15Marty Bergen (1900)
Marty Bergen had a strange, tumultuous career with the Boston Beaneaters. He played four seasons as their catcher. Although his bat left much to be desired (.265 batting average with 176 RBIs over four years), his defense earned admiration across the league. He caught 313 runners stealing during his career.
The Beaneaters won the pennant twice with Bergen behind the plate and came in second during his final season with the team.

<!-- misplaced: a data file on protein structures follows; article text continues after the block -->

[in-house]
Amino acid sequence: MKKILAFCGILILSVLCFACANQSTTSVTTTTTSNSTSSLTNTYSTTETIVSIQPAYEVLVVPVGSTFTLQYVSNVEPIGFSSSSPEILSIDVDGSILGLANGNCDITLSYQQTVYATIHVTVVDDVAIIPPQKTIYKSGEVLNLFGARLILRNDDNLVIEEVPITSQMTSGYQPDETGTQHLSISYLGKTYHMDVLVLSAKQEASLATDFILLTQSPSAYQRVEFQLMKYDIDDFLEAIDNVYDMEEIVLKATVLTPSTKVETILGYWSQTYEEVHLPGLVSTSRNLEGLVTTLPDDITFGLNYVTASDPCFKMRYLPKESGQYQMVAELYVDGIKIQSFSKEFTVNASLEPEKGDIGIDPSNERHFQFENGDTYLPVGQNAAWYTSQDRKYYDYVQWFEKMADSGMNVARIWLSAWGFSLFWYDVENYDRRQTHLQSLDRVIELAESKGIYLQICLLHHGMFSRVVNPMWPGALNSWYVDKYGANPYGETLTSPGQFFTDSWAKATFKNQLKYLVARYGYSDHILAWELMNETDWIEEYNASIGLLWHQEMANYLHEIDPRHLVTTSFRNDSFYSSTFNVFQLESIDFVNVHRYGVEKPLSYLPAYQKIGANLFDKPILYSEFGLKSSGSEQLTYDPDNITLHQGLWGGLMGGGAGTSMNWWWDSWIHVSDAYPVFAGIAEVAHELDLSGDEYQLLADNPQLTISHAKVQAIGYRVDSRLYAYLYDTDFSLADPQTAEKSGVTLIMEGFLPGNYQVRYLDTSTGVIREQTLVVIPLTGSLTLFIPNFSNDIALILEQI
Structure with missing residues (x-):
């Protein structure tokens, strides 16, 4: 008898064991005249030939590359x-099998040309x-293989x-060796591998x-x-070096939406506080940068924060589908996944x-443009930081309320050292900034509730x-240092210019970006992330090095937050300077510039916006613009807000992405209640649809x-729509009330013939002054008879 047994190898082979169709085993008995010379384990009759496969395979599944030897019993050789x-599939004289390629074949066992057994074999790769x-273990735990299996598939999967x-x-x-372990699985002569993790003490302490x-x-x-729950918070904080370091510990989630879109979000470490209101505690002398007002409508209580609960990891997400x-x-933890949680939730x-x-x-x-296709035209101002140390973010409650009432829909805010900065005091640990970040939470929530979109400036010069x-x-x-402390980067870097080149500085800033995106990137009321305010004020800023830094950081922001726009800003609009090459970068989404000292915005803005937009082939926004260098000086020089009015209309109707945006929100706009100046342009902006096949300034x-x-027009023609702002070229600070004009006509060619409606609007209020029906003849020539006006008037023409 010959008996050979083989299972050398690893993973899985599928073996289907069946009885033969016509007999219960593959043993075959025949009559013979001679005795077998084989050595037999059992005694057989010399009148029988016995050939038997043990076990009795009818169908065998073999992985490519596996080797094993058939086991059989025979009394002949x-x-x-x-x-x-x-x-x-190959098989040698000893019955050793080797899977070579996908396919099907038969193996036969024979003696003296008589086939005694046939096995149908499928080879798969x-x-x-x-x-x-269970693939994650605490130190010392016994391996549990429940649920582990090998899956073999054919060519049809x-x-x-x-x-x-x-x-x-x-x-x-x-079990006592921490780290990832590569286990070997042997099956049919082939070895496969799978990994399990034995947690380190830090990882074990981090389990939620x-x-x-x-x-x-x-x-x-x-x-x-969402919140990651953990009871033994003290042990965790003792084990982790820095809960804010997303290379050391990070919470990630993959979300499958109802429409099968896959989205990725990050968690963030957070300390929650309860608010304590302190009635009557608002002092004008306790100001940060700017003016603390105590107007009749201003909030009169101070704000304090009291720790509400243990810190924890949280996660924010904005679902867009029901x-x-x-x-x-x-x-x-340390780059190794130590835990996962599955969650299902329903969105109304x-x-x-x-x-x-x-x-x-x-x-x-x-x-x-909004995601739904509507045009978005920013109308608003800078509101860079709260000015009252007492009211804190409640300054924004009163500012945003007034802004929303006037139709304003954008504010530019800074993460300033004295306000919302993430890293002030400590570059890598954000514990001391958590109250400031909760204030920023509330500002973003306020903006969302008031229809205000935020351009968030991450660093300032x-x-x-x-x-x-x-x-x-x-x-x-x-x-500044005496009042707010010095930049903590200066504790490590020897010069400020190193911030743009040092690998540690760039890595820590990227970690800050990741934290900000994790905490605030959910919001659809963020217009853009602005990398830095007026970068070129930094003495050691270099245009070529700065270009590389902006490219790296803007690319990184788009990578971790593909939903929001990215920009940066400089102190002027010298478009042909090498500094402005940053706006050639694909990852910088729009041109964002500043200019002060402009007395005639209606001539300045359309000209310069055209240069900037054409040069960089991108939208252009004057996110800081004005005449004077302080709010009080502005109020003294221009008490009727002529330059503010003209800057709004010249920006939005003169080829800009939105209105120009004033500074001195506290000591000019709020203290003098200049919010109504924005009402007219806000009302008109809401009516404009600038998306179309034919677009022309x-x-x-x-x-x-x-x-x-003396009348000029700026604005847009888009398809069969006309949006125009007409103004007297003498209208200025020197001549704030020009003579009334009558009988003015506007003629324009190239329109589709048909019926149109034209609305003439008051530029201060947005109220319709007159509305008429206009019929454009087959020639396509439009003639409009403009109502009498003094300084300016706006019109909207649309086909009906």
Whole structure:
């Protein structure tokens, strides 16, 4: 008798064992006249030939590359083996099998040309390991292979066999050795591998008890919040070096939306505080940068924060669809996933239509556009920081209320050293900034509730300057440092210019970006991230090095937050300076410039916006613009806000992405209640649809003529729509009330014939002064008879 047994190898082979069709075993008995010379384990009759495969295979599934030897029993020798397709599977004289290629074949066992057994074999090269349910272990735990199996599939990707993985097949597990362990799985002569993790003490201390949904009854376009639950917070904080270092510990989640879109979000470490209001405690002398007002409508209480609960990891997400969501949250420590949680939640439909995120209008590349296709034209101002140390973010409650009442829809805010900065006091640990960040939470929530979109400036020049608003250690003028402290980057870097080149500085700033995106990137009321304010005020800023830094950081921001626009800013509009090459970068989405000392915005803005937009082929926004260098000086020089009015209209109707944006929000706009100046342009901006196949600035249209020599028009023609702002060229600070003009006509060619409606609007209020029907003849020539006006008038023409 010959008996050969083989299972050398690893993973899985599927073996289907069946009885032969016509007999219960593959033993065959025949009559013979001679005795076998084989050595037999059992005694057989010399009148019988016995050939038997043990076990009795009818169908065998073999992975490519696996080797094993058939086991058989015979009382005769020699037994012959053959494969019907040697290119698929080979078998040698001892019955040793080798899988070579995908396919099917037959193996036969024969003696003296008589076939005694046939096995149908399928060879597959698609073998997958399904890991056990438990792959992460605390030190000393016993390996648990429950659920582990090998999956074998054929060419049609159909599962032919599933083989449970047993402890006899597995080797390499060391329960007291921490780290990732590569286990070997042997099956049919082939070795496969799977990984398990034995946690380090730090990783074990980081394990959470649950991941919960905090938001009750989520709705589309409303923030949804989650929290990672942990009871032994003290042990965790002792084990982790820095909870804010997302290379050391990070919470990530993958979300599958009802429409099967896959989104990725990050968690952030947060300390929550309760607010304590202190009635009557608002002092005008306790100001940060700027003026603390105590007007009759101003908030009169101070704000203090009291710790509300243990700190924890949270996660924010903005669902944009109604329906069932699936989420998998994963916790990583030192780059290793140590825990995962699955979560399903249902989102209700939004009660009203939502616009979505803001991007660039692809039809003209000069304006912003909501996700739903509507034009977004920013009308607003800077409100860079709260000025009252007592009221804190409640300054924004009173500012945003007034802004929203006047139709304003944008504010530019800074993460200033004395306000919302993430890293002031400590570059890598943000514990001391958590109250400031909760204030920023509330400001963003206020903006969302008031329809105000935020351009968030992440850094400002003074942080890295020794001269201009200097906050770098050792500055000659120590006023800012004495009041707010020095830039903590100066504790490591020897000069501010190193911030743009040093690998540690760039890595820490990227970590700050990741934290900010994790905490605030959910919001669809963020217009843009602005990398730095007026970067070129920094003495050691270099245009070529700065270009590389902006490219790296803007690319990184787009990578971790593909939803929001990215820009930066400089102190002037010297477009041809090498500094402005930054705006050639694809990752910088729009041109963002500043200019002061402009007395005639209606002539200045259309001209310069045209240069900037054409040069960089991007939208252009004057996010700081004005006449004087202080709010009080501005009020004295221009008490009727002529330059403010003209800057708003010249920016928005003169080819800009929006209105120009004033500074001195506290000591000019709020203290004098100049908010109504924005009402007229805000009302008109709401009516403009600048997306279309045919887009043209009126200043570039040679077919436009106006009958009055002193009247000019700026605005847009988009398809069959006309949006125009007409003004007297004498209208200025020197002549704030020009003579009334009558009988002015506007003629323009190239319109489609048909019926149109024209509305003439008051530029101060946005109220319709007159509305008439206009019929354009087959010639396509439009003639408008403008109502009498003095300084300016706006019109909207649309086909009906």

Despite Bergen’s defensive prowess, his experience in Major League Baseball was plagued with strife. He suffered from fits of depression and irrationality. He would often disappear from the team for weeks at a time and refuse to return. Bergen accused teammates of mistreatment or plotting against him. It led to him sitting sideways in dugouts or during road trips in case the other players attacked him. The mental anguish led to tragedy in 1900. Marty Bergen slaughtered his wife, son and daughter with an ax. He slit his own throat with a razor. The cut was so deep it nearly beheaded him. If Bergen had been born a century later, he may have received the mental help he desperately needed. Instead, a family of four brutally lost their lives.